Isolating a server isn't an all-or-nothing proposition, however. There are degrees of isolation that can be performed on a system, from simple firewalling to total physical isolation. If you're nervous about the possible effects of having a system exposed to the outside world (or even to parts of your own organization), a partial lockdown may be every bit as effective as a total lockdown depending on your needs.
Firewalls are the simplest and most basic way to give a computer a degree of isolation, mostly as protection against direct attacks on the server. All versions of Windows ship with Microsoft's own basic but reasonably useful firewall product, which can be used to lock in everything that doesn't need to be accessed. It works both by port and by application, so it has that much more flexibility for incoming as well as outgoing traffic. However, it doesn't do anything to protect the traffic itself -- if someone sends plaintext to the server and it responds as plaintext, anyone who can capture those packets will know what's going on.
Virtual network segmentation/subnetting
Network segmentation or subnetting is another way to isolate a given computer: Give the computer in question and any clients that need access to it their own network segment. This makes it a little more difficult to get access to the computer in question, but it's still not impossible since it may still be connected to the same physical network segment. Someone running Snort, for instance, on the same physical network may be able to sniff traffic.
It's also possible to isolate the computer and any needed clients on their own wires, but this is often not very practical unless you already have space set aside for it. In one of my previous jobs, before wireless networking was feasible, we created a separate physical network for testing by running CAT5 cables up into the ceiling spaces and back and forth between offices. It worked, but it was inconvenient at best -- and once someone else found out what was up, we had to dismantle the whole thing.
One very elegant way to secure Windows Server machines is by using IPsec, a strongly integrated network security mechanism that works at the packet level. Packets are encrypted and only exchanged between the server and trusted clients according to policies created on the server. IPsec's other big benefit, aside from encryption, is verification: Are the packets from the correct server?
Another particularly handy thing about IPsec is that it can use Windows' own built-in authentication scheme, Kerberos, so there's less fuss when you use it than you might think. Also, since it's integrated into Windows' own IP stack and not an adjunct to it (like a firewall), you can have a good deal of confidence in it. This allows you to exchange protected traffic with, for example, another domain controller in another subnet. For many people, IPSec may be one of the easiest ways to selectively isolate a server without actually removing it from the network entirely.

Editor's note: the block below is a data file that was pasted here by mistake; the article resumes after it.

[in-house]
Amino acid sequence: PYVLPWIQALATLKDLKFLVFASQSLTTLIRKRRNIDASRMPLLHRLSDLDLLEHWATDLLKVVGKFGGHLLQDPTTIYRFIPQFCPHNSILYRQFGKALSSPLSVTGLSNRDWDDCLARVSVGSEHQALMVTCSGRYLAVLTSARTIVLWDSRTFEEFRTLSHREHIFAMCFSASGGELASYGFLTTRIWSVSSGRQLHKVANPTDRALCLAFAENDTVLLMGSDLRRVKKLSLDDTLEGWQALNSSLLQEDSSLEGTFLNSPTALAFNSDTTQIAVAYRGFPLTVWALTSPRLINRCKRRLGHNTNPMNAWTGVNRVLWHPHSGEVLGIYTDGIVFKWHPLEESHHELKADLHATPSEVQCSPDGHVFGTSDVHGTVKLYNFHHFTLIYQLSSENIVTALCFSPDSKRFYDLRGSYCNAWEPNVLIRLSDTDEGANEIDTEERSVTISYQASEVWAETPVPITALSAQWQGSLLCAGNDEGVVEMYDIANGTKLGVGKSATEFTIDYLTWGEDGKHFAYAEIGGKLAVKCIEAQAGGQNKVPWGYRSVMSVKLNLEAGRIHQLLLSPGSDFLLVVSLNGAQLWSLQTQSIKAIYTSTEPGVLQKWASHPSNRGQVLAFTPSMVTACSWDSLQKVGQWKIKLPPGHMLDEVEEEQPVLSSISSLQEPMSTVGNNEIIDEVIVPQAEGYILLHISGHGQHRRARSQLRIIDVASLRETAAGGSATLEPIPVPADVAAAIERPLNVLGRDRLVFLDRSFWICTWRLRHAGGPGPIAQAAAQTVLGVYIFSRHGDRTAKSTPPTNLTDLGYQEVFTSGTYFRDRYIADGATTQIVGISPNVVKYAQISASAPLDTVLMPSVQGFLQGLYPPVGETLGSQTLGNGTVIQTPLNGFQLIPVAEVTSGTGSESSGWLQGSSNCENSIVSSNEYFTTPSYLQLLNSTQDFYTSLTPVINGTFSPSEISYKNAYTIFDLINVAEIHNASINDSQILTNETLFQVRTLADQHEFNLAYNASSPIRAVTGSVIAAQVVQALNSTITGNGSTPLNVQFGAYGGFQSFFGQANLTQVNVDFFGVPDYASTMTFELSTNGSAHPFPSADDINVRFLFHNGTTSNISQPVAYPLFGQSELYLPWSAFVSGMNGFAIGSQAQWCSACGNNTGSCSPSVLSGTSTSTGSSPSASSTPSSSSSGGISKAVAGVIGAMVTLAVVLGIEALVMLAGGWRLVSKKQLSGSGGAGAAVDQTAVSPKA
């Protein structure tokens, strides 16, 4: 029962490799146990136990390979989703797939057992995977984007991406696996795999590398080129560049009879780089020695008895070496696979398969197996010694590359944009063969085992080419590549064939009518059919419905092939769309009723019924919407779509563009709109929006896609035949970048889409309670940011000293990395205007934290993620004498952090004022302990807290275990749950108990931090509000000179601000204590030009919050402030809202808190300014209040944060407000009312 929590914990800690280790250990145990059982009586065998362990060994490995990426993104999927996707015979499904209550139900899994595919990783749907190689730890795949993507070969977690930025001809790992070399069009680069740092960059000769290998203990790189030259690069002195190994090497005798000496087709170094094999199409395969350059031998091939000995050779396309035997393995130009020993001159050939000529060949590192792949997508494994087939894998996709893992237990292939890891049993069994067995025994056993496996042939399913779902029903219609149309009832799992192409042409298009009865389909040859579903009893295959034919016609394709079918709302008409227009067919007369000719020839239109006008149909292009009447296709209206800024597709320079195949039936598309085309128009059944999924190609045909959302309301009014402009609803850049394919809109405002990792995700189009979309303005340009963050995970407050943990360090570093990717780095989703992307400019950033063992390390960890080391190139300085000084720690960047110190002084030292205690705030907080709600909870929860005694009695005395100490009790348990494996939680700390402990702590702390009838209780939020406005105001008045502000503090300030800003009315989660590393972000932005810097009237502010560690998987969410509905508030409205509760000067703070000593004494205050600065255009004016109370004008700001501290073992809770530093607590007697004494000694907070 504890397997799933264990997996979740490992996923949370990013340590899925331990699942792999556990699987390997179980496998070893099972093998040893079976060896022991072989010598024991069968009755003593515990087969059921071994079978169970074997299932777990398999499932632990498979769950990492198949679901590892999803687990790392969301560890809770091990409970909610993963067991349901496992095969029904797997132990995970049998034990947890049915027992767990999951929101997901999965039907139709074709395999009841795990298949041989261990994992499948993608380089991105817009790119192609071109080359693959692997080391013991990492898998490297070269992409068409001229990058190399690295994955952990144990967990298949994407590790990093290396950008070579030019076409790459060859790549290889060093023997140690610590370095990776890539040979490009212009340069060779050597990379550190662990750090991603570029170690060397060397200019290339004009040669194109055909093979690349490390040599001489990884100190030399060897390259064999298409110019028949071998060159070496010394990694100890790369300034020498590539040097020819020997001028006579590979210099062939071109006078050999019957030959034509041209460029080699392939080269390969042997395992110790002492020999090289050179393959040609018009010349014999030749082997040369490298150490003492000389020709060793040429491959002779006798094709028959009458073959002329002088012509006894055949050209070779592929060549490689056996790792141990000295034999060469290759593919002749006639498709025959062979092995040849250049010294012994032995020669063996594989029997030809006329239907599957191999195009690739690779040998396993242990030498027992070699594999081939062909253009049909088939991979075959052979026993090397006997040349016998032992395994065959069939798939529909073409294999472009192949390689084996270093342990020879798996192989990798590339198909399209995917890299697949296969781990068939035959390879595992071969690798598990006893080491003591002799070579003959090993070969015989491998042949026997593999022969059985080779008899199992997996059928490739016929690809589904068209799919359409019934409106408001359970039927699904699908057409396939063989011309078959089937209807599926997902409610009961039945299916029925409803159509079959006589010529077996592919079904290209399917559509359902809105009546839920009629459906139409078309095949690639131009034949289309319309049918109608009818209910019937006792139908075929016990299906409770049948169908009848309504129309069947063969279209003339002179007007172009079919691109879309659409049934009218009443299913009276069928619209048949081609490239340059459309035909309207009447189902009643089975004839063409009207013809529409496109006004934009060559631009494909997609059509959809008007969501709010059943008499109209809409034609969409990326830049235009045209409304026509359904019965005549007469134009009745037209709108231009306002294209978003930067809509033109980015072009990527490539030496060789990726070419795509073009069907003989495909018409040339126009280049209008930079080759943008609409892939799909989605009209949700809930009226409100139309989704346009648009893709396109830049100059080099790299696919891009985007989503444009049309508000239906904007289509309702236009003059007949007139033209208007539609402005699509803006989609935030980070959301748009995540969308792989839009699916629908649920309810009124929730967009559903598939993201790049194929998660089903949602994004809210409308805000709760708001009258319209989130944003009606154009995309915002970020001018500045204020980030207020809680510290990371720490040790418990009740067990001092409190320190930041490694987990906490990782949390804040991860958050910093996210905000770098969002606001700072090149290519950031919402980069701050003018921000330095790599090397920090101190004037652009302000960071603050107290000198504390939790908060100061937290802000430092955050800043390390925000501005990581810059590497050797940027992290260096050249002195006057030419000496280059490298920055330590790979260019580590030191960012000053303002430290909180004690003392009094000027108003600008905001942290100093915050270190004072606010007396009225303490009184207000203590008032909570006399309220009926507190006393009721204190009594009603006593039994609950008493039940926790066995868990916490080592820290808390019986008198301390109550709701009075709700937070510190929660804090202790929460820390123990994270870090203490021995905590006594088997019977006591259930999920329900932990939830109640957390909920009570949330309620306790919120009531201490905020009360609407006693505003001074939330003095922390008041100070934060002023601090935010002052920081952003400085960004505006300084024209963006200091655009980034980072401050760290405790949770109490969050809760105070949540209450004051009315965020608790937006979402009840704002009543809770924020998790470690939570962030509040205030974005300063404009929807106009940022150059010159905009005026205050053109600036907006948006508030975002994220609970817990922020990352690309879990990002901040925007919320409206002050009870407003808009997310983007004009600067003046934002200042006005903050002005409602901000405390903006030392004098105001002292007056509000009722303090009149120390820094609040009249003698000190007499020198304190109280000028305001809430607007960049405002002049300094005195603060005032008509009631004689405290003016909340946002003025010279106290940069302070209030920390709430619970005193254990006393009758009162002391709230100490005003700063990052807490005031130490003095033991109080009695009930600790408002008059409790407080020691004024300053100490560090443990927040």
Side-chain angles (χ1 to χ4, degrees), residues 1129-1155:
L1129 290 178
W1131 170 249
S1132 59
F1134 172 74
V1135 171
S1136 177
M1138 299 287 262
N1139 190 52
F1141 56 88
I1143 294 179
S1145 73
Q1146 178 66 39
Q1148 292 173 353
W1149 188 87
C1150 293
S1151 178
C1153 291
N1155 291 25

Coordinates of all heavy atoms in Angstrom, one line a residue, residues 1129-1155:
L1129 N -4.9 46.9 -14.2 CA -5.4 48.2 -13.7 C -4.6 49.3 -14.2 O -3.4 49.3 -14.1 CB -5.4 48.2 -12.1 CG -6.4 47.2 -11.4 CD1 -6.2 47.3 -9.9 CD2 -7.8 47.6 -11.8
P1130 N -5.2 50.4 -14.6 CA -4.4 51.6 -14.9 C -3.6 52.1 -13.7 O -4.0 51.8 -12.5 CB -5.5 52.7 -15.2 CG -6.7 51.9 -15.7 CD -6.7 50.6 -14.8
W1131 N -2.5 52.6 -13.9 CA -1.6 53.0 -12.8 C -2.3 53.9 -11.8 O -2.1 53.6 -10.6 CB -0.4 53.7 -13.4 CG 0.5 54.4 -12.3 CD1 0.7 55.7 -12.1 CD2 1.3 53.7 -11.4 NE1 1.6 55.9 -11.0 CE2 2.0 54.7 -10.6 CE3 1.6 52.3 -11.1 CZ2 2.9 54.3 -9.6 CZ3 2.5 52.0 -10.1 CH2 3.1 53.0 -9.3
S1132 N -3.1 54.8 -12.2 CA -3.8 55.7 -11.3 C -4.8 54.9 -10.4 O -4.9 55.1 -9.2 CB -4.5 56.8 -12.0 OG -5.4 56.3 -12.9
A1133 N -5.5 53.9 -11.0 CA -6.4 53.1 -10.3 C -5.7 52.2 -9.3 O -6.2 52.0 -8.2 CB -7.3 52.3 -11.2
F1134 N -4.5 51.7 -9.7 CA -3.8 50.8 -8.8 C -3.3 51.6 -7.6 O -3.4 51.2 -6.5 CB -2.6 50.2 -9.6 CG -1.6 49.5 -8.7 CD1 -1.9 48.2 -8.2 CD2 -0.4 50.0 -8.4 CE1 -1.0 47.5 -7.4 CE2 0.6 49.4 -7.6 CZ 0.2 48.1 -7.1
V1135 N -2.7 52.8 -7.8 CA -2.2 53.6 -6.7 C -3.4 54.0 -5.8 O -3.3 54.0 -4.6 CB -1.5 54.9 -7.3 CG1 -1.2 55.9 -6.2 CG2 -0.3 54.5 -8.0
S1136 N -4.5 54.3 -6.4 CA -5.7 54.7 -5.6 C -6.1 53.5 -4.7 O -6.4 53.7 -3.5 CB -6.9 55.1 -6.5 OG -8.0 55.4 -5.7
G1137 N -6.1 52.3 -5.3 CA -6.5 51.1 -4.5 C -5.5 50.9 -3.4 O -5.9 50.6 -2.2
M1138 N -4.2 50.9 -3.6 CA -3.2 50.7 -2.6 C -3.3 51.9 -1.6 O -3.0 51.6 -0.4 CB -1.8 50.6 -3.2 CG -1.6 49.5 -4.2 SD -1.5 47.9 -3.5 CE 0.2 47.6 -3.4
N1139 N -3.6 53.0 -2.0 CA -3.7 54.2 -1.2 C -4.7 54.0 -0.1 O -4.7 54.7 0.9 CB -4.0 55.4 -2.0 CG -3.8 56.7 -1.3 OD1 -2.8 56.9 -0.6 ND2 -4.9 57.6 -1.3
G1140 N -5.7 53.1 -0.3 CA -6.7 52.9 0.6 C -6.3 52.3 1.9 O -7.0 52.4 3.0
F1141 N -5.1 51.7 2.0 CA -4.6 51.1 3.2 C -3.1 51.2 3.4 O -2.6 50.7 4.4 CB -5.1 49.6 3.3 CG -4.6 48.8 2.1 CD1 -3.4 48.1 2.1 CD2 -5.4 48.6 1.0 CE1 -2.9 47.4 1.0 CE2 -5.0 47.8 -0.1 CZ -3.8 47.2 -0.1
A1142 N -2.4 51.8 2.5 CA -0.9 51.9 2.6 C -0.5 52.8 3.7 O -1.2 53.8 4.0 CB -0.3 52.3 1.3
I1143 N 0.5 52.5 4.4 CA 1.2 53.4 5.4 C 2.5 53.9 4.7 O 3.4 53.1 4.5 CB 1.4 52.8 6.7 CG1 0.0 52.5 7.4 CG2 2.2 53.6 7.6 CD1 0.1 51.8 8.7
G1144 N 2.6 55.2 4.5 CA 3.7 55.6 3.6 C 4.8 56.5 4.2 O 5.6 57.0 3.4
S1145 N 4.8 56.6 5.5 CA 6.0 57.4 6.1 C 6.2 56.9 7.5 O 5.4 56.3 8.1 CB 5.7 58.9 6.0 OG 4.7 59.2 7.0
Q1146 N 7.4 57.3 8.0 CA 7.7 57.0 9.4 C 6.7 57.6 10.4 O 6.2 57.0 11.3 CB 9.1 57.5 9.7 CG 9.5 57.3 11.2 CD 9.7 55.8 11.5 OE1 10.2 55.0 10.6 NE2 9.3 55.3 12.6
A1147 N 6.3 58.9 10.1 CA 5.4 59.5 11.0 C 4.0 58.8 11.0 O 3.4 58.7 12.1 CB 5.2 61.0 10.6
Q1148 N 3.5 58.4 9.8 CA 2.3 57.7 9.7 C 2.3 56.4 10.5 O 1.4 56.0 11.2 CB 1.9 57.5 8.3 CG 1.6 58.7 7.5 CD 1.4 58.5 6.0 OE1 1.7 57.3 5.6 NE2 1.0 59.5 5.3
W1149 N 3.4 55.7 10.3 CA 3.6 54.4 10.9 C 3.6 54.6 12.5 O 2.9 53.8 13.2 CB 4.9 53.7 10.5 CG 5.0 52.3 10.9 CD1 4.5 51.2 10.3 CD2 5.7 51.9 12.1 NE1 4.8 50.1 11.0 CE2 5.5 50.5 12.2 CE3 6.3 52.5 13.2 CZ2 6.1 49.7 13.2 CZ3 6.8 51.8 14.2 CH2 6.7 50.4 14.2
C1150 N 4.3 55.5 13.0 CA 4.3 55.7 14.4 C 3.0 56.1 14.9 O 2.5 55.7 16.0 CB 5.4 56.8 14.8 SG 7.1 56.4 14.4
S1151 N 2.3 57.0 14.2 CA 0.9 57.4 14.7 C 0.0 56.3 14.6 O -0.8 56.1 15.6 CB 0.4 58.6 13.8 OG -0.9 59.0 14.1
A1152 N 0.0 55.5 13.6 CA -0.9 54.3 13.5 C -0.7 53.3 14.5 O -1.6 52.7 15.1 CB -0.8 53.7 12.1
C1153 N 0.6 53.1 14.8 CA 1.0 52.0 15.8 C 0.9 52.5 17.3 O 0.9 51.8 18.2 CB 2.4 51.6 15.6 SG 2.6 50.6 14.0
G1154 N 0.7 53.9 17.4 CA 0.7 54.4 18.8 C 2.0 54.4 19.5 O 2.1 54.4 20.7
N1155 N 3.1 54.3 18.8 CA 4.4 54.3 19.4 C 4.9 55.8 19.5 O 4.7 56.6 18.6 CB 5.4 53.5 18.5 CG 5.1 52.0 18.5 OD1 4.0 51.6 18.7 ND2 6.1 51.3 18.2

"Clean room" isolation
A "clean room" computer is a machine with no network connectivity at all -- it's an isolated PC, most likely hidden behind locked doors as well. The types of circumstances that require this degree of isolation are vanishingly few, but they do exist. For instance, a certification authority for internal use (such as code signing) could be hosted on such a system; certificate requests would have to be brought in and out by hand. Such a machine should have strict control over hardware and software -- it should not allow software to be installed, nor any new hardware devices, without administrative access. This will prevent someone from, for instance, installing a wireless USB networking device or plugging in a flash drive.
Even if you have no need in your organization for a totally isolated machine, you should at least set up policies and physical space so that you can physically isolate a machine if you have to. Having such methods and space available is always good if, for instance, you need to work with a PC that's been hit with a virus or some other calamity, or you need to check a PC for that occurrence.
About the author:
Serdar Yegulalp is editor of the Windows Power Users Newsletter.
This tip originally appeared on SearchWindowsSecurity.com